I have teenage boys and it would be impractical to try and keep up with their daily bread consumption, but I do bake about three times a week and use a 'no-knead' bread recipe that produces lovely bread. I'd be happy to pass on the recipe and technique if you'd like it.
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Old 07-04-2005, 10:02 AM   #14
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Bee, please do share!
and, never hesitate!
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Old 07-04-2005, 10:16 AM   #15
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Glad I gave you a laugh, Jkath!
I learned to laugh at myself years ago...makes life a lot easier if you don't take yourself too seriously.

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Old 07-04-2005, 11:54 AM   #16
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This is known in our house as 'Kirsten's Bread' because it comes from my friend Kirsten. The recipe and method which follow are hers, my notes on what I do are at the bottom.


1kg granary flour
1 cup wheatbran (optional)
1/2 cup wheatgerm (optional)
1/2 cup oatmeal or porridge oats (optional)
Sometimes I add cornmeal instead of oats.

Take 1 cup of flour out of the bag.
Put the rest in a big bowl with the other grain type ingredients. Add
1 pkt easy yeast (7g), 1 dessertspoon salt and stir up (use the
biggest strong spoon you have). Make a well in the middle and add
2-3tbsp of your oil of choice (this is for keeping quality not taste -
you can omit altogether). Add about 500ml of water initially (warm or
cold, doesn't matter, cold will take longer but the flavour and gluten
will be a bit more pronounced) and stir. If the mix appears dry, add
some more in 50-100ml bursts until you have a sticky mass with no
loose flour visible. I sometimes have to use 750-800 ml and (rarely),
500ml is enough. It doesn't really matter if the dough is too wet, -
because then you can add more flour, but if it is too dry at this
stage, it is very difficult to row back and incorporate more water
after the first proving.
Cover the goo with a teatowel and leave to rise (or with clingfilm
with a small hole in it in the fridge, if leaving overnight or during
a whole day). I usually leave it for about 1-1.5 hours.

Turn out onto a well floured board and knead for about 2 minutes. You
will probably use most or all of the reserved cup of flour if the
dough is the right consistency. Shape into loaves (I tend to make 3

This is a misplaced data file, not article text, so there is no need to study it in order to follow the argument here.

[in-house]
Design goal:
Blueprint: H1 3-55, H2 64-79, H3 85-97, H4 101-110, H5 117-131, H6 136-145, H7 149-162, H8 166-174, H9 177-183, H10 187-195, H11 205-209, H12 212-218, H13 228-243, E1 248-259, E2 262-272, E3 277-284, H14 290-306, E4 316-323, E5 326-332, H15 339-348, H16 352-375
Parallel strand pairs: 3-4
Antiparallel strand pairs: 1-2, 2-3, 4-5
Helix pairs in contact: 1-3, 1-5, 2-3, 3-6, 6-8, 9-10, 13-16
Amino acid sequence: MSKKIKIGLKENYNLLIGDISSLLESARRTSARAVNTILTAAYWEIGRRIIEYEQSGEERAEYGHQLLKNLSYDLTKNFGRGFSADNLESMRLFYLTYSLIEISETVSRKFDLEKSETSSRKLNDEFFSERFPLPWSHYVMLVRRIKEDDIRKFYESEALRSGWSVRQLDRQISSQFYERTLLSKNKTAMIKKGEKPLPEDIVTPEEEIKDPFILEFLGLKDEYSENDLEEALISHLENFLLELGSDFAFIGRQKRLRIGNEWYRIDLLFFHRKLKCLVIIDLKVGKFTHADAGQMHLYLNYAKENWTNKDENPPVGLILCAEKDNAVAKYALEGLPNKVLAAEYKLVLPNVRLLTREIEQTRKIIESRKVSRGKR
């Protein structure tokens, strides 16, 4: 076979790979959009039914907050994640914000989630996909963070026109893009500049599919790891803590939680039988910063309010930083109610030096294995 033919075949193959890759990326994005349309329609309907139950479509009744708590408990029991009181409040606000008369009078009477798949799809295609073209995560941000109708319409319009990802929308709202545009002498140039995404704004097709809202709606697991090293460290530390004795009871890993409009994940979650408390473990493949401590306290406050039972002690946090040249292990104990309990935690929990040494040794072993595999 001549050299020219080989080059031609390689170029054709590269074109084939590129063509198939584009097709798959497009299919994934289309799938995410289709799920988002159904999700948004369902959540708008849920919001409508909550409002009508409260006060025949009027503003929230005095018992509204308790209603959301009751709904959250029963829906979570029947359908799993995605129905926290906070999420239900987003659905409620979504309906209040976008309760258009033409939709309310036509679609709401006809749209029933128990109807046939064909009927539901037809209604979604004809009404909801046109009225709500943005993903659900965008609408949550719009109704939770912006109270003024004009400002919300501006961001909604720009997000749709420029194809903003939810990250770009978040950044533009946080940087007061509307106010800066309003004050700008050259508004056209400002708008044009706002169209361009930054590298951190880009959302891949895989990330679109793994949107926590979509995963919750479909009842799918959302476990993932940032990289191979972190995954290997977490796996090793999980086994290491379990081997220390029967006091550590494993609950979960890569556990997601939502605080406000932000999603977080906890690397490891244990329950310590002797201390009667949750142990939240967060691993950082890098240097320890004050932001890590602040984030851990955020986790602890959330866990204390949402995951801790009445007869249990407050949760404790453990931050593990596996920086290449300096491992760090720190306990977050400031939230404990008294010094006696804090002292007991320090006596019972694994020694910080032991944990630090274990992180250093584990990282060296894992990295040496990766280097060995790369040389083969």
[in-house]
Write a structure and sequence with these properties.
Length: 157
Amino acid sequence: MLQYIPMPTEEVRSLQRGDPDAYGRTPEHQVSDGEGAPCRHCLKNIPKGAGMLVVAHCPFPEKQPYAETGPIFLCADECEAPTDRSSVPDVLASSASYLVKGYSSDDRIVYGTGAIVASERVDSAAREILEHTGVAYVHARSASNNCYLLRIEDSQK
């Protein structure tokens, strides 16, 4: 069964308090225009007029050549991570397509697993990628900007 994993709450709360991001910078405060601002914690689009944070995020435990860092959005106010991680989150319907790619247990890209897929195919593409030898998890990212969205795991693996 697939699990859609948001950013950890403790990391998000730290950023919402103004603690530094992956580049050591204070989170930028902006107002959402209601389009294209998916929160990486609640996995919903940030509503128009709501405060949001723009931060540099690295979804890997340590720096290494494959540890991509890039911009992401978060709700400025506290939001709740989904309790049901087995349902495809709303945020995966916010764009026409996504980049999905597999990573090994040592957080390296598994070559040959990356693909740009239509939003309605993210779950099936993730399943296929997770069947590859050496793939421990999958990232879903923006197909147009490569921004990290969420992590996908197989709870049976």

1kg loaves) and leave to rise again. Grease any tins well with white
veg fat - Cookeen seems to work the best - this helps the dough to
rise even if you use non-stick tins. Bake in a hot oven (about 200
degrees) until done. I like to cook the 1kg loaves for 30 mins, then
another 5-10 mins with the tins off to make all the outsides crusty.

~~~~~~~~~~~~~~~~~~~~~~~~~~~~~~ ~~~~~~~~~~~~~~~~~~~~~~~~~~~~~~~~~~~~~

The dough really does need to be too sticky to handle and it's quite
an effort to mix with a wooden spoon - when you come to knead you can
add sufficient flour to make a workable dough, but I'd still err on
the stickier than you think side. I don't add wheatgerm, but do add seeds (pumpkin,
sesame, sunflower and poppy). I find it best to leave overnight in the
fridge and it still astonishes me that it works far better than any
other method I've tried :) It also works with white flour or a combination of white and brown.
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Old 07-05-2005, 08:34 AM   #17
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Thank you for the recipe, Bee. I'll get my courage up and give it a try.
Wonder how it would work to mix the bread in my Kitchenaide with the dough hooks? I have shoulder problems and don't have much strength in my arms anymore.
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Old 07-05-2005, 09:40 AM   #18
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It will work absolutely fine in your KA with dough hooks - just remember to make a pretty sloppy dough and don't over knead it, just enough to combine the flour and water. I promise you you don't need courage, it is the easiest bread in the universe
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Old 07-11-2005, 02:24 PM   #19
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Thanks for all the advice, y'all.

I think I'll pick up a few books before I try again.
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Old 07-11-2005, 02:42 PM   #20
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Is artisan.com a good address? I tried it and got some architectural pages.